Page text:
The basic astrological assumptions are not hard to grasp. For if astronomy is the study of the movements of the heavenly bodies, then astrology is the study of the effects of those movements. The astronomers of the ancient world assumed a division of the universe whereby the superior, immutable bodies of the celestial worlds ruled over the terrestrial or sublunary sphere, where all was mortality and change. It was assumed that the stars had special qualities and influences which were transmitted downwards upon the passive earth, and which varied in their effect, according to the changing relationship of the heavenly bodies to each other. They were led to postulate a single system in which the seven moving stars or planet shifted their position in relation to the earth and each other, against a fixed backcloth of the twelve signs of the zodiac.
There was nothing obscure about these general assumptions.
At the beginning of the sixteenth century astrological doctrines were part of the educated man's picture of the universe and its workings. It was generally accepted that the four elements constituting the sublunary region (earth, air, fire & water) were kept in their state of ceaseless transformation by the movement of the heavenly bodies. The various planets transmitted different quantities of the four physiological qualities of heat and cold, dryness and moisture. Therefore astrology was less a separate discipline than an aspect of a generally accepted world picture. During the Renaissance, even more than in the Middle Ages, astrology pervaded all aspects of the intellectual framework in which men were educated.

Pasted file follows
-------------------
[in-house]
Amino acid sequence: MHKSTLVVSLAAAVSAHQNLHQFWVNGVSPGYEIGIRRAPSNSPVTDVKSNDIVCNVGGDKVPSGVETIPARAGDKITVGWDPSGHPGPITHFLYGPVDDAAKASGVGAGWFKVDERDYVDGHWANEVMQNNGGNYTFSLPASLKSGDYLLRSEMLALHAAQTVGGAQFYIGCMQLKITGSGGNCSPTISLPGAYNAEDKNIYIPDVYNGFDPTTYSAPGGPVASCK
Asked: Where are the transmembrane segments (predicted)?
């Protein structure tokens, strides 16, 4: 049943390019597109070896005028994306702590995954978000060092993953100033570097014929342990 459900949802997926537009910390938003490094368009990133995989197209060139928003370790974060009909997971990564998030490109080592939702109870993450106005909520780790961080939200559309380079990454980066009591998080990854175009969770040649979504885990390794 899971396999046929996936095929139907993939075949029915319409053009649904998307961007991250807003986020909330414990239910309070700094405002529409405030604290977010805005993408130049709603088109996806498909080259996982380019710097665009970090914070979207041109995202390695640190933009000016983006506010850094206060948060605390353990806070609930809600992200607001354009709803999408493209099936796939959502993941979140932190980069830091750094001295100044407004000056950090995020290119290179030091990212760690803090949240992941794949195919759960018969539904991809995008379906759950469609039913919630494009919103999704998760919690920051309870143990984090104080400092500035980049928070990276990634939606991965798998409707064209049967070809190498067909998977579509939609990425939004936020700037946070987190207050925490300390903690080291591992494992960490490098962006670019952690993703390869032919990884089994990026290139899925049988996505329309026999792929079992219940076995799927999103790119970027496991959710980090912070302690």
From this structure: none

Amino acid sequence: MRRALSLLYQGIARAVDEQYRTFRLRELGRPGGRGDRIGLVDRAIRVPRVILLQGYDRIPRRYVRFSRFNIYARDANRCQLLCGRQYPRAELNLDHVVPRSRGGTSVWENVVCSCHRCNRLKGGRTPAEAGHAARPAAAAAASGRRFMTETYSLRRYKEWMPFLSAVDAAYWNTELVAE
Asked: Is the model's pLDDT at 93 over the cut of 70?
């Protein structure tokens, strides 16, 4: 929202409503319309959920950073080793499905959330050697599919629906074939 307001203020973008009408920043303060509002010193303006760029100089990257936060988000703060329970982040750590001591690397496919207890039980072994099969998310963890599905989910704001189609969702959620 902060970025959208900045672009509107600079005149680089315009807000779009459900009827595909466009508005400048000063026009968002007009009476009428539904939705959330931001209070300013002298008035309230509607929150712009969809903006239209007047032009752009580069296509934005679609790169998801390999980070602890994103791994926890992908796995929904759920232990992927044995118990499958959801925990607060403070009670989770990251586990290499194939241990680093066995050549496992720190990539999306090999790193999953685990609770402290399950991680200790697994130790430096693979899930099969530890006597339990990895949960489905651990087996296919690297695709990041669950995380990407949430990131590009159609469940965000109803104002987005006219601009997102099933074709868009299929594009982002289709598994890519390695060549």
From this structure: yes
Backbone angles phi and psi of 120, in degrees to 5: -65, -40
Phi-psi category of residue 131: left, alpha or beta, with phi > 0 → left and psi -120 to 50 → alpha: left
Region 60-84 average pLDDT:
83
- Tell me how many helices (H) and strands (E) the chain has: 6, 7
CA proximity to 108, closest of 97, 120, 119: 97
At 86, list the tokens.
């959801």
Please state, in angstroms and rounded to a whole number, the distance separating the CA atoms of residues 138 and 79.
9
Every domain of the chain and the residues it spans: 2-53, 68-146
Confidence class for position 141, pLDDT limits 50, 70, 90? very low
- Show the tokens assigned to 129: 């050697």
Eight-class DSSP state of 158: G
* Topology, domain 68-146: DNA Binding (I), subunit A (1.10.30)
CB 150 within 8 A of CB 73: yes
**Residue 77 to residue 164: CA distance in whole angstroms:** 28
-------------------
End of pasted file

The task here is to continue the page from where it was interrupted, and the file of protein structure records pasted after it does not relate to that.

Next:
During the sixteenth and seventeenth centuries there were four main branches of judicial astrology. First, there were the general predictions based on the future movements of the ravens and taking note of such impending events as eclipses of the...